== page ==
She leads me by my hand up the stairs, grabbing a towel on the way and muttering something in Turkish to another woman in the room. In a small glass cubicle, handing me the towel, she says in her first English words to me, ‘take off everything and wear this.’ I look at her a little puzzled as she shuts the transparent door and waits outside. I’m at a Hamam aka the much famed Turkish Bath, and no amount of googling could make this situation feel less awkward. For the uninitiated, a Hamam is a sort of traditional group spa from the Ottoman era, complete with steam bath & massage, typically with separate chambers for men & women.
I contemplate for a few seconds, and recalling the advise I’ve read online, I decide to go topless below the towel but keep my underpants on. I step out the cubicle and follow my lady through passages with gradually increasing levels of steam, and enter a massive area with high marble ceilings where four women are chatting in Turkish, naked except underwears, some being lathered & massaged, others pouring water over themselves. I try not to think of the scene as the porn movie of every guy’s fantasy. I try not to ogle at all the display of flesh. My lady asks to take my towel and points me to the sauna, where I seat my self conscious self and wonder how a not so liberal Ottoman society must have adopted bathing as a social ritual! I look up at the dome shaped ceilings that date back over 500 years, and think about all the gossip these walls have been privy to over time. Hamams started as a way for men to cool off after work, and gradually spilt over as a tradition to their women; unfortunately the tradition has faded away in recent years in Turkey, with modern forms of socializing involving less flesh and more food taking centre stage.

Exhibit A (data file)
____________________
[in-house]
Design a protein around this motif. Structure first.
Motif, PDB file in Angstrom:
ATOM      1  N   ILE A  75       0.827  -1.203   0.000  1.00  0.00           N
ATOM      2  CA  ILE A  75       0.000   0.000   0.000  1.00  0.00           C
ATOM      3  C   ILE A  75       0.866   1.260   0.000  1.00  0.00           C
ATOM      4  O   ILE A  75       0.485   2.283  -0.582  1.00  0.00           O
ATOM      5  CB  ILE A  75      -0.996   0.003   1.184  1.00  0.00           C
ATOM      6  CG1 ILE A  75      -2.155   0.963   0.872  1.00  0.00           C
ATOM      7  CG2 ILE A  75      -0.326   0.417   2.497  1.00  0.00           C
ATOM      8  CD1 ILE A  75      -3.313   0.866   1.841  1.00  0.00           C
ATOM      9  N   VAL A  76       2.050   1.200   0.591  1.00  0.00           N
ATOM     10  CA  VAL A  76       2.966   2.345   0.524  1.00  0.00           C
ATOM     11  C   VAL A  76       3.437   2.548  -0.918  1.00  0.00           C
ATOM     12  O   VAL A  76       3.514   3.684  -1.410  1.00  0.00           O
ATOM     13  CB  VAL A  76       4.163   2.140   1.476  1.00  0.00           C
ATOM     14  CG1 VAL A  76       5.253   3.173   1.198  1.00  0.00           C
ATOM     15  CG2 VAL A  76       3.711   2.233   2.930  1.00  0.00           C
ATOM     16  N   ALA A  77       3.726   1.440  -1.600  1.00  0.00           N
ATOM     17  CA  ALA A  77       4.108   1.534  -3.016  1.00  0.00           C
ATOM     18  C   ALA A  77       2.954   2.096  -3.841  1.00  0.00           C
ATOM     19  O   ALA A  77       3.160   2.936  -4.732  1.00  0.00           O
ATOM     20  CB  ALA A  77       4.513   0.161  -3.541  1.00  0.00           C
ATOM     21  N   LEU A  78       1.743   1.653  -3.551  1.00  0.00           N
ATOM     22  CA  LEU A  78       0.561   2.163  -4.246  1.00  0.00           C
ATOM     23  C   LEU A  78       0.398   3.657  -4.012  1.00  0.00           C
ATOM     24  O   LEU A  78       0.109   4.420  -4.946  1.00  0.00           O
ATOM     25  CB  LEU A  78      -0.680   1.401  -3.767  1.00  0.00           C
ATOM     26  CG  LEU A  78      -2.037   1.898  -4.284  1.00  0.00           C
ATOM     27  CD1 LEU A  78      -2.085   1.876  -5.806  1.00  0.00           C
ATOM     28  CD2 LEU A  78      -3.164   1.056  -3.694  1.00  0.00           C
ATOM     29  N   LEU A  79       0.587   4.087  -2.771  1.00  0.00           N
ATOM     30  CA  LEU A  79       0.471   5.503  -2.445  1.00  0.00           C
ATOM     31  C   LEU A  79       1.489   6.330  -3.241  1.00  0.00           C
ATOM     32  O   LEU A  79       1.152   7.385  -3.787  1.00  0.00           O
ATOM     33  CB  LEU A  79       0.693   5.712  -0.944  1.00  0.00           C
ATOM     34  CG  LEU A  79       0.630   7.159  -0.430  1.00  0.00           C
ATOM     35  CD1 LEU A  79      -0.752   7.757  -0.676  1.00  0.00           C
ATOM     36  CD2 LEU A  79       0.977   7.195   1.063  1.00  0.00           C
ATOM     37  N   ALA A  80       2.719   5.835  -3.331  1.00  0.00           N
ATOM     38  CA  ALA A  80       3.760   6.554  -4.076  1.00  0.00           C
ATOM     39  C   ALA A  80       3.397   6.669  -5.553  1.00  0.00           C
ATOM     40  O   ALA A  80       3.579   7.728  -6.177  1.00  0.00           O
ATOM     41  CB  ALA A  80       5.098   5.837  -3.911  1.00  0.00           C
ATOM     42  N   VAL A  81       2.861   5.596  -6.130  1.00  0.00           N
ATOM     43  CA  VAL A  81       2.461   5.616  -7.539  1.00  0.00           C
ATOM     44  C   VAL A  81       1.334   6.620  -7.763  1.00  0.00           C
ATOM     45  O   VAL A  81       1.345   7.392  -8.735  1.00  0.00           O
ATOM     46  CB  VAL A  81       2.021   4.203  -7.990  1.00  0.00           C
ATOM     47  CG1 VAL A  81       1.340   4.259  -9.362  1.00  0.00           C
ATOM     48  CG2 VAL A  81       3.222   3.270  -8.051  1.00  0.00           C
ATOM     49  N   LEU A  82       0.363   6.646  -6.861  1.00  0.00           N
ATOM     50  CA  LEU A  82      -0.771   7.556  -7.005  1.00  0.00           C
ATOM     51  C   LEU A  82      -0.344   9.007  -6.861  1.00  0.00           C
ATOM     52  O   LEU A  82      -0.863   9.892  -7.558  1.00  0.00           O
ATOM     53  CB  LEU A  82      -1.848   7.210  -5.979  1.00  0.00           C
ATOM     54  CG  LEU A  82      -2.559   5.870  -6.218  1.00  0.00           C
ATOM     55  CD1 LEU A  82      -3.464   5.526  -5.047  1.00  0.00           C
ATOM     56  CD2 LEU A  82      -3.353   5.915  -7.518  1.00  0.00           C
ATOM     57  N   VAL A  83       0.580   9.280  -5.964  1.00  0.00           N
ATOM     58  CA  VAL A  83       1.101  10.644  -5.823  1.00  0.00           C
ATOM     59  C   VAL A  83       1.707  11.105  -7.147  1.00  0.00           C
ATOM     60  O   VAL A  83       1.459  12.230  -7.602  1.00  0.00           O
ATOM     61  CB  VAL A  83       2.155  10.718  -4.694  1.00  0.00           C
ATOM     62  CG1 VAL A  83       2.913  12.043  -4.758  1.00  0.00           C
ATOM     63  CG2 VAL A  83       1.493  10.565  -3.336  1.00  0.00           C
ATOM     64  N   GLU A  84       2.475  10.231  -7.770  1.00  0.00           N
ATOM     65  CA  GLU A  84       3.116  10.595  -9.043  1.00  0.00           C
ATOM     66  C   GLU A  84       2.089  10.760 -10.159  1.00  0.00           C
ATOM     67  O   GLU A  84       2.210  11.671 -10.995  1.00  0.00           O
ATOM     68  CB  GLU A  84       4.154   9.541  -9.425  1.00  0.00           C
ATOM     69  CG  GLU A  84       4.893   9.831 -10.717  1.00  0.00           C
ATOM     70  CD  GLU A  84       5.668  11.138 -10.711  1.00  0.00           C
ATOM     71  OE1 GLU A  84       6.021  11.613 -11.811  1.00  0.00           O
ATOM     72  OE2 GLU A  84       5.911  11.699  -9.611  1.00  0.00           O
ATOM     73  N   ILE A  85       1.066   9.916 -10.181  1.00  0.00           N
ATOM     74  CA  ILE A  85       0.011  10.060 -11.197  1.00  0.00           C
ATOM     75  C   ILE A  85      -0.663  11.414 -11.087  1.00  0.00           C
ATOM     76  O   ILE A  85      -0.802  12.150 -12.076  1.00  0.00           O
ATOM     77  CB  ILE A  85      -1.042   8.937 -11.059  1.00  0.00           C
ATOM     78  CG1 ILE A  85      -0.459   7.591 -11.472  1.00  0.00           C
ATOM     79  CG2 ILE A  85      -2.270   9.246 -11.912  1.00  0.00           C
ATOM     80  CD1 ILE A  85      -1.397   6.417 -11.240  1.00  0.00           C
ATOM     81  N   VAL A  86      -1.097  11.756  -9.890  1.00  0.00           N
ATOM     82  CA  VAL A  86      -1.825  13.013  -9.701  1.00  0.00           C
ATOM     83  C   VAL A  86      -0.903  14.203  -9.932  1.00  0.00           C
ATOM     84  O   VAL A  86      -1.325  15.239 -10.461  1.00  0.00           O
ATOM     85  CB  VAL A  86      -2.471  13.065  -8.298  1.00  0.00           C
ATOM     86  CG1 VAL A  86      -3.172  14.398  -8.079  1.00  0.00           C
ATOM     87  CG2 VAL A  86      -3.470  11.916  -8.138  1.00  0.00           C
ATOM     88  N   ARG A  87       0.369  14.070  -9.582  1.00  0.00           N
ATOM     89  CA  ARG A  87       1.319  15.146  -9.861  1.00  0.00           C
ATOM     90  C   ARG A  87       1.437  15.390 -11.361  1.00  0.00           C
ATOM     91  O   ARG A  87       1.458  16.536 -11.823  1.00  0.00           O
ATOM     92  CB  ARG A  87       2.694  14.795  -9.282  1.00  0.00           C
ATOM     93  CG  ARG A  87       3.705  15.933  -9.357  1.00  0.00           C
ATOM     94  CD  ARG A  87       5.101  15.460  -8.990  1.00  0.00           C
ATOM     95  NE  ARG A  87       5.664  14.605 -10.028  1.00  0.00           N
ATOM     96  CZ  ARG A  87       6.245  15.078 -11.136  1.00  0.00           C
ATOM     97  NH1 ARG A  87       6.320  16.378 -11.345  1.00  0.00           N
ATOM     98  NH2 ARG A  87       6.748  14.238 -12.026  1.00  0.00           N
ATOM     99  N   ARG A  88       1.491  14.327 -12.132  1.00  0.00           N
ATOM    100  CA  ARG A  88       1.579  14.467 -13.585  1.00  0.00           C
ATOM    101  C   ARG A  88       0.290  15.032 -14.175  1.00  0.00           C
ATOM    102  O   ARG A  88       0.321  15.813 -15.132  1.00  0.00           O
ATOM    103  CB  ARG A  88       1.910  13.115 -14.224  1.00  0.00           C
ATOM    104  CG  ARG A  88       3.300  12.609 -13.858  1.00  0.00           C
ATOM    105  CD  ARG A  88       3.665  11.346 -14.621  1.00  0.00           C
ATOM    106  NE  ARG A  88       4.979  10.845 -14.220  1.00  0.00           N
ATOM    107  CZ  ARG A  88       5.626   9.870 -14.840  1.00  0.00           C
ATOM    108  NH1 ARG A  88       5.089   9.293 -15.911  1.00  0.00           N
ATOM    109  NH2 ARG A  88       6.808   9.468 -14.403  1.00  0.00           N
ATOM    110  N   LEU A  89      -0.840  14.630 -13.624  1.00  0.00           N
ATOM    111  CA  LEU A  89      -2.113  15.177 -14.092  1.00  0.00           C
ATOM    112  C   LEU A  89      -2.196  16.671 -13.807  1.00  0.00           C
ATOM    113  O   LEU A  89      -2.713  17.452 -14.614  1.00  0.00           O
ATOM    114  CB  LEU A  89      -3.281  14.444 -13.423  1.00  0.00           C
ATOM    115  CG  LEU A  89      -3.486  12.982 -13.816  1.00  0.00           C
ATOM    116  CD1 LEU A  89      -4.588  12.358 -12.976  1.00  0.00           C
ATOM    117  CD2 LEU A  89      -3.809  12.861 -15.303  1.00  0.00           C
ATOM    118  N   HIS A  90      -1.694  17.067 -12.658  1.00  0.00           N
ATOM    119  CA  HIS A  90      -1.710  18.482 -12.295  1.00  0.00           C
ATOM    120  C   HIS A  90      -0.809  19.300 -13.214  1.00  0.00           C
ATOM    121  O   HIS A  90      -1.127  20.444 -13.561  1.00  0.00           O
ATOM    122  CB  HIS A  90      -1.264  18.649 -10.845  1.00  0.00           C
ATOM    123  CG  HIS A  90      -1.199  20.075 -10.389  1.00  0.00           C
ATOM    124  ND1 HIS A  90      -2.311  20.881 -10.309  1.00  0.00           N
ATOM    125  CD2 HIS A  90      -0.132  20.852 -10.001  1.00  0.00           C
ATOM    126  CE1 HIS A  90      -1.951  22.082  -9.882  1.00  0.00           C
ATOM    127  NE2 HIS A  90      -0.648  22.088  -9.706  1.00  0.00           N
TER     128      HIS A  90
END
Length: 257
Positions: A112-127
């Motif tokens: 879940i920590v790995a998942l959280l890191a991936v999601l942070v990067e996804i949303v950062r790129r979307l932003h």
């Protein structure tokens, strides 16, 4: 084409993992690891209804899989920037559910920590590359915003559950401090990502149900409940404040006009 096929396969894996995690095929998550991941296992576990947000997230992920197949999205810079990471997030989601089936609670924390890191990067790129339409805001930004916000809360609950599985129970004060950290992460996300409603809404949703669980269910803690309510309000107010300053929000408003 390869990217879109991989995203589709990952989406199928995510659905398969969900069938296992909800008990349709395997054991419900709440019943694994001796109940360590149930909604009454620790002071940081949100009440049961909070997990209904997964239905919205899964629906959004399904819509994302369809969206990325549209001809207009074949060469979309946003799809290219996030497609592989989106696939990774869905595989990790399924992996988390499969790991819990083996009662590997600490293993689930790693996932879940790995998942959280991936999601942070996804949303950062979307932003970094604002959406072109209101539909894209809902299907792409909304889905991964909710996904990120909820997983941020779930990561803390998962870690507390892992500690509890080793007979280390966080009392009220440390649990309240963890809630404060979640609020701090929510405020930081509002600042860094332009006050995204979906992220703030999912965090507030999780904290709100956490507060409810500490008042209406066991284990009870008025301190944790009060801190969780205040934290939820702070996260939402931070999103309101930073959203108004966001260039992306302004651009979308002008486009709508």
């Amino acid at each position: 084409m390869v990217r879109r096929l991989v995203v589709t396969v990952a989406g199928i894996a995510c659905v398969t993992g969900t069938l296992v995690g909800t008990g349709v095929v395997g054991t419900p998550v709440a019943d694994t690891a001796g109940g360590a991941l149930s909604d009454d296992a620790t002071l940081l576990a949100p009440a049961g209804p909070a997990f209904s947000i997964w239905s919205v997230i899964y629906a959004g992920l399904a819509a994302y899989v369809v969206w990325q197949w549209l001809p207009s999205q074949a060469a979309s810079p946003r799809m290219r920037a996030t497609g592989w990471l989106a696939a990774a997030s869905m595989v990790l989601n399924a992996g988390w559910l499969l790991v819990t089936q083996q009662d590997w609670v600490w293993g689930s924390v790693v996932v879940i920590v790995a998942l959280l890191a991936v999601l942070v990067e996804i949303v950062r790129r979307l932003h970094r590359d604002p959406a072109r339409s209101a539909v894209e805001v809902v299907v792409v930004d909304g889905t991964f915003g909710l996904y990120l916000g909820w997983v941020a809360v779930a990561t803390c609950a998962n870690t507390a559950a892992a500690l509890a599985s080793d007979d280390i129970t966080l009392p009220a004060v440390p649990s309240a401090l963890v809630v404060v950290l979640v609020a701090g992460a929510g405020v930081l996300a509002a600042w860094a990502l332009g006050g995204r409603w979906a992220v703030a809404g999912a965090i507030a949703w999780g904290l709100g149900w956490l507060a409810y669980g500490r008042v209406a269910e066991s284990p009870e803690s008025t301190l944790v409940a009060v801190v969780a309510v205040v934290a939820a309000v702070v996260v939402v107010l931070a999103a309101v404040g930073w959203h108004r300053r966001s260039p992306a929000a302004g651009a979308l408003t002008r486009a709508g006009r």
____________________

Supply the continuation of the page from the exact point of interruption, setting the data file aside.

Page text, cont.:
Dripping with the heat of the sauna, I step out to find my lady now clad in a bikini, leading me to the bathing stall. I duck my head as she pours warm water over my almost naked self from a marble sink. She asks me where I’m from, and gives me a broad smile chanting Hindistan.
Im led to a big marble slab, and asked to lay on my back on a rag. What follows is a good one hour of pampering; I’m scrubbed with a bath mitten, lathered with aromatic soap on a balloon-shaped loofa, massaged firmly from head to toe, oiled with lavender-like oils, massaged again, bathed, set afloat in a swimming pool inside a cave, and bathed again. I’m glowing & rejuvenated, and convinced that this must be the secret to the sheer beauty of Turkish men and women.
TIPS FOR YOUR FIRST TIME AT A HAMAM:
1. Choose a neighborhood Hamam.
I had a tough time picking a Hamam that would balance authenticity, budget and hygiene. Reading reviews was confusing, and advise from my Turkish hosts only led to touristy places because most Turks rarely go to Hamams anymore! I walked into a neighborhood off Sultanahmet, Istanbul’s old city, and let the maize of by lanes serendipitously lead me to a historic Hamam. I had a look inside and saw it was hygeinic enough with mostly Turkish looking women.